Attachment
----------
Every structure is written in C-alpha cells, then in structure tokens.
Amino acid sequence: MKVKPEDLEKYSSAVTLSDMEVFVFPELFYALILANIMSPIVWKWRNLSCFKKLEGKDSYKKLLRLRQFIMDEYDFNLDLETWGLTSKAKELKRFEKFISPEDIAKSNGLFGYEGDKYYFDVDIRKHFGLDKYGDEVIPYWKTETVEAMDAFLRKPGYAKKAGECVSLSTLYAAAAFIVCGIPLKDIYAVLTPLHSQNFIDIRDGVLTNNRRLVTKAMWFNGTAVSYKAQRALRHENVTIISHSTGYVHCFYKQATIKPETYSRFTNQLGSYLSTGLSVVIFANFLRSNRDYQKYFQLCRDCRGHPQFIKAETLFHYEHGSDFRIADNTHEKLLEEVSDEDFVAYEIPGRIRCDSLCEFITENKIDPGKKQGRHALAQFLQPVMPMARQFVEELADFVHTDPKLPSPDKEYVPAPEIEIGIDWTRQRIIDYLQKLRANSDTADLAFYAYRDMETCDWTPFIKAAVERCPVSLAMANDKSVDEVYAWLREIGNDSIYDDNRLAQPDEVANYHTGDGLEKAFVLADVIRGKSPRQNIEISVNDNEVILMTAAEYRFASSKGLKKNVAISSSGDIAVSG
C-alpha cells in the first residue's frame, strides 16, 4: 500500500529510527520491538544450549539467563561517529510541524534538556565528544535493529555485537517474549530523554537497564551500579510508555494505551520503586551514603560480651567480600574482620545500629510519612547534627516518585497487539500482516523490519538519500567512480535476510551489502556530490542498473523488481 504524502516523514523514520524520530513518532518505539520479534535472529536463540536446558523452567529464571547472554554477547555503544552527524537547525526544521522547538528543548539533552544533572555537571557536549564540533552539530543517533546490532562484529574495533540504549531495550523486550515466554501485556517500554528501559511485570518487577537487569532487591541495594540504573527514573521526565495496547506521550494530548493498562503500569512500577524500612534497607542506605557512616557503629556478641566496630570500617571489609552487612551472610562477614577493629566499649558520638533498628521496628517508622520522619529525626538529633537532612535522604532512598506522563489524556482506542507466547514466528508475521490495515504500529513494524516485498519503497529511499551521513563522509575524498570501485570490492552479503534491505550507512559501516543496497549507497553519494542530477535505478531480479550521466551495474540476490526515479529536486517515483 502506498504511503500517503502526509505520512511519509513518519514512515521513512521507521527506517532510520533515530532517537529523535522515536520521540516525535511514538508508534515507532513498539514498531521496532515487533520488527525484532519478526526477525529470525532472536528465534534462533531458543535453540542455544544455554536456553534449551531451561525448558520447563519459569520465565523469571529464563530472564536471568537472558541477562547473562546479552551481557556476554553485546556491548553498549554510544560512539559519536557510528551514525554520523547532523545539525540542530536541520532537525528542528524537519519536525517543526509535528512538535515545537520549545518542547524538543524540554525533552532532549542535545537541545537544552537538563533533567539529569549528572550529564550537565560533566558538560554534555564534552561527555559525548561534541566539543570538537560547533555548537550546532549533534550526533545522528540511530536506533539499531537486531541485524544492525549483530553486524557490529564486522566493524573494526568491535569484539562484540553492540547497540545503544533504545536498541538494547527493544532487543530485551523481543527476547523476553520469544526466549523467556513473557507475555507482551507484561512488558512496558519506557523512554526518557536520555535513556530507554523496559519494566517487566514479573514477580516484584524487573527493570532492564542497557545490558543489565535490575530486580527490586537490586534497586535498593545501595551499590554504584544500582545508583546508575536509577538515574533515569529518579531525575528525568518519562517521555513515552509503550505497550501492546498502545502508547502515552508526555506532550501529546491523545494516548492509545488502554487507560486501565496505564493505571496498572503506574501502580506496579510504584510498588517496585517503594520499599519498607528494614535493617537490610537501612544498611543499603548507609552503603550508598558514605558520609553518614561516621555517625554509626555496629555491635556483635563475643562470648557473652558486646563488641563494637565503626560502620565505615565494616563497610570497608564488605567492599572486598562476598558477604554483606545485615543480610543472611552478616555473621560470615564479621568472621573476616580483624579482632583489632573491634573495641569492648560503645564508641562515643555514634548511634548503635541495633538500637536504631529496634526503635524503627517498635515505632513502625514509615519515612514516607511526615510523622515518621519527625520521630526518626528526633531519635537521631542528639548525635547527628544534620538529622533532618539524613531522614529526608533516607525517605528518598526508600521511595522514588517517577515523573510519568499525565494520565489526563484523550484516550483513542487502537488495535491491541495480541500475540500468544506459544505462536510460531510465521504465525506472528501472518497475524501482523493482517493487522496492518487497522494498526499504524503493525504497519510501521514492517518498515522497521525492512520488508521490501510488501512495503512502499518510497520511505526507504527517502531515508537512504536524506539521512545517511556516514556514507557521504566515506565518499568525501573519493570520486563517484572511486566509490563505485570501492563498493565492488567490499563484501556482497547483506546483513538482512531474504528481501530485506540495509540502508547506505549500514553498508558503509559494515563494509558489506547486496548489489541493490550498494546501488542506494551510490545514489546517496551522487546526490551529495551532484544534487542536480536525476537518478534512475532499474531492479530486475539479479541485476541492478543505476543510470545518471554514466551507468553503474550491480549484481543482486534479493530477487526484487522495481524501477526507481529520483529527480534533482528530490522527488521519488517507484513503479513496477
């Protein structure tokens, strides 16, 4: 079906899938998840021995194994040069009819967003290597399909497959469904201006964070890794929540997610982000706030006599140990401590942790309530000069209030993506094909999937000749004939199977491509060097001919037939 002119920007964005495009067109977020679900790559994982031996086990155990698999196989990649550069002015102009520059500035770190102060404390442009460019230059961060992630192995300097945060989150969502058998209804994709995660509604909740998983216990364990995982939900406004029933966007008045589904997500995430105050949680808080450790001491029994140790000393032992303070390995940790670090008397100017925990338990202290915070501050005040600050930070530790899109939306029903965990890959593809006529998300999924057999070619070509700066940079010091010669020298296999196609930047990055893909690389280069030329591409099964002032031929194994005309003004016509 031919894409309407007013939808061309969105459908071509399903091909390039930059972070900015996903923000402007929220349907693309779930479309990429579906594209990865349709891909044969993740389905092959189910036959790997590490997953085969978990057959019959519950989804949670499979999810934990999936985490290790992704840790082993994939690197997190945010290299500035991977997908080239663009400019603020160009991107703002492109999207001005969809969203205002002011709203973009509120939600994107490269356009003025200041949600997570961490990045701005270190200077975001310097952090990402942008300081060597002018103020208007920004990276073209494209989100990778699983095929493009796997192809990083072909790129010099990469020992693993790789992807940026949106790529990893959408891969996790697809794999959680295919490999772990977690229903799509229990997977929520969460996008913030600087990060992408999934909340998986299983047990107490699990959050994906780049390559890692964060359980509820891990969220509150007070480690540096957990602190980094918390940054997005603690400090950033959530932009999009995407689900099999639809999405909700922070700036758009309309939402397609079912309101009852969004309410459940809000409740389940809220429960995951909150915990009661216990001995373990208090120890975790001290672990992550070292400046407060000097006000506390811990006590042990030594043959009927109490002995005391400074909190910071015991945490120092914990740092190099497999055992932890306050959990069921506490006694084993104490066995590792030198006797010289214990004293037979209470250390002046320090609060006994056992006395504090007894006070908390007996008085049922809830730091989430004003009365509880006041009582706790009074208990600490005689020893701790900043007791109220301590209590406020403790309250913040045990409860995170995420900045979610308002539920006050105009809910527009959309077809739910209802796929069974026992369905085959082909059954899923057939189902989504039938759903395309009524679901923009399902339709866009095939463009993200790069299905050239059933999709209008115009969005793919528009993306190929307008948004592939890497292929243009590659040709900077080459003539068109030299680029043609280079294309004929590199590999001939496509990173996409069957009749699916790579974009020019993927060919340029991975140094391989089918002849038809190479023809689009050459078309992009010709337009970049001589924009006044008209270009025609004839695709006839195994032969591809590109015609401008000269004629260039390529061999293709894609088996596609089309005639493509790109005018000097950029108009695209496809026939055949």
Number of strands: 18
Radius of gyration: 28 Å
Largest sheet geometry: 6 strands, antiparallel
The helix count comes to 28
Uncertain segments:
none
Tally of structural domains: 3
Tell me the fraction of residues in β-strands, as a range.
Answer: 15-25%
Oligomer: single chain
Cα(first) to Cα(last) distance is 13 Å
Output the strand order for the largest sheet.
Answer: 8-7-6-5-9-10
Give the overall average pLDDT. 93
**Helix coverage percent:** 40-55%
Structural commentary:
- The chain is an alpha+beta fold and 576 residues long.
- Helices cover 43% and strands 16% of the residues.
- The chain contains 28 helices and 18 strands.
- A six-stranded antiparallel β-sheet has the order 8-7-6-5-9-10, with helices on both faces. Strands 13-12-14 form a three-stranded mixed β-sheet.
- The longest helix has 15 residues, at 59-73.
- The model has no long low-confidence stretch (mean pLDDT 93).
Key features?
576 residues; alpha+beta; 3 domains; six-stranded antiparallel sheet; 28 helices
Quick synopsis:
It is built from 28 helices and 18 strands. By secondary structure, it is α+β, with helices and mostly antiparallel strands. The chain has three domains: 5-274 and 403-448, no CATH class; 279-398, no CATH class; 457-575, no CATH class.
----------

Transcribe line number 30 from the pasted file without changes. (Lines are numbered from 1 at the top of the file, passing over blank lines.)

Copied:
It is built from 28 helices and 18 strands. By secondary structure, it is α+β, with helices and mostly antiparallel strands. The chain has three domains: 5-274 and 403-448, no CATH class; 279-398, no CATH class; 457-575, no CATH class.